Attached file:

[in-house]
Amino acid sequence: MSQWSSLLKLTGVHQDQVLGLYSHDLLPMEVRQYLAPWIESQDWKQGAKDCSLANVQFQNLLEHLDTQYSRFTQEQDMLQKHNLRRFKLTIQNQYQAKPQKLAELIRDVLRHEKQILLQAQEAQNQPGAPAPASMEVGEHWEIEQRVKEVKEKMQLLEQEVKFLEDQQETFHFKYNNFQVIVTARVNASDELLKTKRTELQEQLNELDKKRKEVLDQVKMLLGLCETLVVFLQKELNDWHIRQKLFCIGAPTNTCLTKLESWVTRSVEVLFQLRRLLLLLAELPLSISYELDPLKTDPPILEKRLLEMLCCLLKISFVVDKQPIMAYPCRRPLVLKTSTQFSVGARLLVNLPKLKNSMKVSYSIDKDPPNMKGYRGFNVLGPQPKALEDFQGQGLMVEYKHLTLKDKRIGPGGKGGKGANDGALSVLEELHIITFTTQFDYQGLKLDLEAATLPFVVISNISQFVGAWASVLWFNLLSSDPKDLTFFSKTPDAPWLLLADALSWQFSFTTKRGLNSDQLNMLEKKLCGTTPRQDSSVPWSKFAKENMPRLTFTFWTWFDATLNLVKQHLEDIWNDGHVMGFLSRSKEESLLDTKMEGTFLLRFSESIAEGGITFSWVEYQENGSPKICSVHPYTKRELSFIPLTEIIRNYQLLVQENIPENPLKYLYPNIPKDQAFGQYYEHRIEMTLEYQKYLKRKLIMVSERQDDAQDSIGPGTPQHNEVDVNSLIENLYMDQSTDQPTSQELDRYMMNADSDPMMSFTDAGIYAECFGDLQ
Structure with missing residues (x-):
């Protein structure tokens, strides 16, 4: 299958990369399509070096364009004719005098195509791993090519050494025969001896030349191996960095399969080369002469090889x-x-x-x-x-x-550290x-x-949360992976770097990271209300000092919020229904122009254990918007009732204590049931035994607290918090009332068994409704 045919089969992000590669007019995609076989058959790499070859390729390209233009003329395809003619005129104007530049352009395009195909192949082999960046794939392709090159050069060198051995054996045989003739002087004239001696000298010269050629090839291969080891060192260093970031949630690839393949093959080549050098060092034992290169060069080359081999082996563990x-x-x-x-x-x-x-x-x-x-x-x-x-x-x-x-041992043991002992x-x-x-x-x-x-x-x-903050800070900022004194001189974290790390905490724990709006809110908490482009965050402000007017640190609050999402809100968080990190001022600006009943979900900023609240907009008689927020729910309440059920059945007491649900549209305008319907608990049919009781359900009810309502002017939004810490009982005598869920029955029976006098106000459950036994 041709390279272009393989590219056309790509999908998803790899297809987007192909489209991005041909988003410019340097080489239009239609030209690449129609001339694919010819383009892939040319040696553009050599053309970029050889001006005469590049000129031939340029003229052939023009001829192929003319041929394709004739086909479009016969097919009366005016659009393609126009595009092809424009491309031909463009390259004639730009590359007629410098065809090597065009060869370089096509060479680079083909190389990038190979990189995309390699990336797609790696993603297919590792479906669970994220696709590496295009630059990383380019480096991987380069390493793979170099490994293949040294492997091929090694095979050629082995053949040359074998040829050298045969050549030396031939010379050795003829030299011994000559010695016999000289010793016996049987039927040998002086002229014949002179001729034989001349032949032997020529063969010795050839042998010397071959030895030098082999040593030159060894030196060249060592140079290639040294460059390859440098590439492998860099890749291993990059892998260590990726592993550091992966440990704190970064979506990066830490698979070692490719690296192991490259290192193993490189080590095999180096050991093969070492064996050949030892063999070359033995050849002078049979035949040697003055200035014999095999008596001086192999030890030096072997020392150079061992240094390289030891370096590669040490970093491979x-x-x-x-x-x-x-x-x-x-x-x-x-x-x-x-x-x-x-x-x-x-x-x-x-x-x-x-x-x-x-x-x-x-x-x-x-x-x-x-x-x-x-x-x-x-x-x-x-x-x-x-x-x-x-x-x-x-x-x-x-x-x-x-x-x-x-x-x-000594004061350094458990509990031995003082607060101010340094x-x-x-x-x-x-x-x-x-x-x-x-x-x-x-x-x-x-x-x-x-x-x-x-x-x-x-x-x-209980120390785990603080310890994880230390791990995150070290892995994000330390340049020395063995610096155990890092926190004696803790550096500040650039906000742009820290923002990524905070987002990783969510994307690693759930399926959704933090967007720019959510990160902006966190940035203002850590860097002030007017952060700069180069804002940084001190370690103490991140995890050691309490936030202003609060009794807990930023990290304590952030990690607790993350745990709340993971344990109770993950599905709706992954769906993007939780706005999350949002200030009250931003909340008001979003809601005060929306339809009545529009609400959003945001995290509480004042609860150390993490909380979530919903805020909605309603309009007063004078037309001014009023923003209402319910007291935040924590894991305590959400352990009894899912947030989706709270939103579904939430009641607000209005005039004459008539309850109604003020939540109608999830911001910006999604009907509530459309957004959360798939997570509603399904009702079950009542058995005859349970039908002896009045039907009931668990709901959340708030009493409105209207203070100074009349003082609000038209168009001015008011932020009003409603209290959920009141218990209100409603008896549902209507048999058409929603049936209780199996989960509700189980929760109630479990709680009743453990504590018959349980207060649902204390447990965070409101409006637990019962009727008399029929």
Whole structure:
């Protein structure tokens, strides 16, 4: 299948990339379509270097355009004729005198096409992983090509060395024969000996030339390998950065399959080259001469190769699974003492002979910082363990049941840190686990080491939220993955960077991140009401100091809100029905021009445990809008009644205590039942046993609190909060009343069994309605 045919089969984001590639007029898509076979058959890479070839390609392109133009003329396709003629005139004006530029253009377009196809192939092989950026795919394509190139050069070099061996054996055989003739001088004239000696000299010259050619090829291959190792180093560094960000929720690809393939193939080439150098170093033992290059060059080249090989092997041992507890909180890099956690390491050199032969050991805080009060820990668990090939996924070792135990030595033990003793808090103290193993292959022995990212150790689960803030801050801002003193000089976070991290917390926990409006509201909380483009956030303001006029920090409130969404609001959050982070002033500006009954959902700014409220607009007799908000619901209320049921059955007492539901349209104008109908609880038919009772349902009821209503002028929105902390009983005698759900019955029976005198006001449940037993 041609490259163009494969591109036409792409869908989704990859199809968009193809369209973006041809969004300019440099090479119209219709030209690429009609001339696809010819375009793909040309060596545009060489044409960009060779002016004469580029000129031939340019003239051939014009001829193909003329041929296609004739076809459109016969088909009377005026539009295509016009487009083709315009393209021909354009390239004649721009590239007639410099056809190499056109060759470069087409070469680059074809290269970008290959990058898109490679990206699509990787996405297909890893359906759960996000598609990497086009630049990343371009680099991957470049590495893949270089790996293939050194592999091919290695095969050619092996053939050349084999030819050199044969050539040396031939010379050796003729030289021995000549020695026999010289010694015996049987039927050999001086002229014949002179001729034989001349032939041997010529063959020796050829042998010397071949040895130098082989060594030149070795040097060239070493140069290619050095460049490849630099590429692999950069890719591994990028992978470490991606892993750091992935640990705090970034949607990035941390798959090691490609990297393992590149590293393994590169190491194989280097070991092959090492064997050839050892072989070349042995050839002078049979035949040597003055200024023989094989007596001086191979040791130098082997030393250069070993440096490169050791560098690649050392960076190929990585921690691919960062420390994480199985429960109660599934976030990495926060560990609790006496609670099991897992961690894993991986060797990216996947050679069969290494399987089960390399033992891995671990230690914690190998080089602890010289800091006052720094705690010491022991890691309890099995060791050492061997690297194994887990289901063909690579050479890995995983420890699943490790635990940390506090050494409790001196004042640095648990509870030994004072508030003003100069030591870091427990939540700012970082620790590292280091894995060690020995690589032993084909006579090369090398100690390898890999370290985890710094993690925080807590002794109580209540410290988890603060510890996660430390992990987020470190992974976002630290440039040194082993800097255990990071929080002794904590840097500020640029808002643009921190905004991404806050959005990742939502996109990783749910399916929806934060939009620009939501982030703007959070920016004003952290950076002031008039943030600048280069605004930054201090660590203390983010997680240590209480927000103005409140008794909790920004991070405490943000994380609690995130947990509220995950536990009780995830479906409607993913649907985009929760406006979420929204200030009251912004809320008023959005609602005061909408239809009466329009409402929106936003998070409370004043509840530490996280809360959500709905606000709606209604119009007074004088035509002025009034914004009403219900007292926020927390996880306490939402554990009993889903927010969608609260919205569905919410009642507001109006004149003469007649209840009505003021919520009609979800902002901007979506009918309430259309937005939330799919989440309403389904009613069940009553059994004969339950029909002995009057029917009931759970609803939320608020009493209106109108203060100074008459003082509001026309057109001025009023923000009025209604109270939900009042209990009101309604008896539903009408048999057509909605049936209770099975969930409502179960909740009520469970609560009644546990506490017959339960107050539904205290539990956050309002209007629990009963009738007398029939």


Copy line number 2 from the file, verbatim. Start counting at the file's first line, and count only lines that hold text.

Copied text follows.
Amino acid sequence: MSQWSSLLKLTGVHQDQVLGLYSHDLLPMEVRQYLAPWIESQDWKQGAKDCSLANVQFQNLLEHLDTQYSRFTQEQDMLQKHNLRRFKLTIQNQYQAKPQKLAELIRDVLRHEKQILLQAQEAQNQPGAPAPASMEVGEHWEIEQRVKEVKEKMQLLEQEVKFLEDQQETFHFKYNNFQVIVTARVNASDELLKTKRTELQEQLNELDKKRKEVLDQVKMLLGLCETLVVFLQKELNDWHIRQKLFCIGAPTNTCLTKLESWVTRSVEVLFQLRRLLLLLAELPLSISYELDPLKTDPPILEKRLLEMLCCLLKISFVVDKQPIMAYPCRRPLVLKTSTQFSVGARLLVNLPKLKNSMKVSYSIDKDPPNMKGYRGFNVLGPQPKALEDFQGQGLMVEYKHLTLKDKRIGPGGKGGKGANDGALSVLEELHIITFTTQFDYQGLKLDLEAATLPFVVISNISQFVGAWASVLWFNLLSSDPKDLTFFSKTPDAPWLLLADALSWQFSFTTKRGLNSDQLNMLEKKLCGTTPRQDSSVPWSKFAKENMPRLTFTFWTWFDATLNLVKQHLEDIWNDGHVMGFLSRSKEESLLDTKMEGTFLLRFSESIAEGGITFSWVEYQENGSPKICSVHPYTKRELSFIPLTEIIRNYQLLVQENIPENPLKYLYPNIPKDQAFGQYYEHRIEMTLEYQKYLKRKLIMVSERQDDAQDSIGPGTPQHNEVDVNSLIENLYMDQSTDQPTSQELDRYMMNADSDPMMSFTDAGIYAECFGDLQ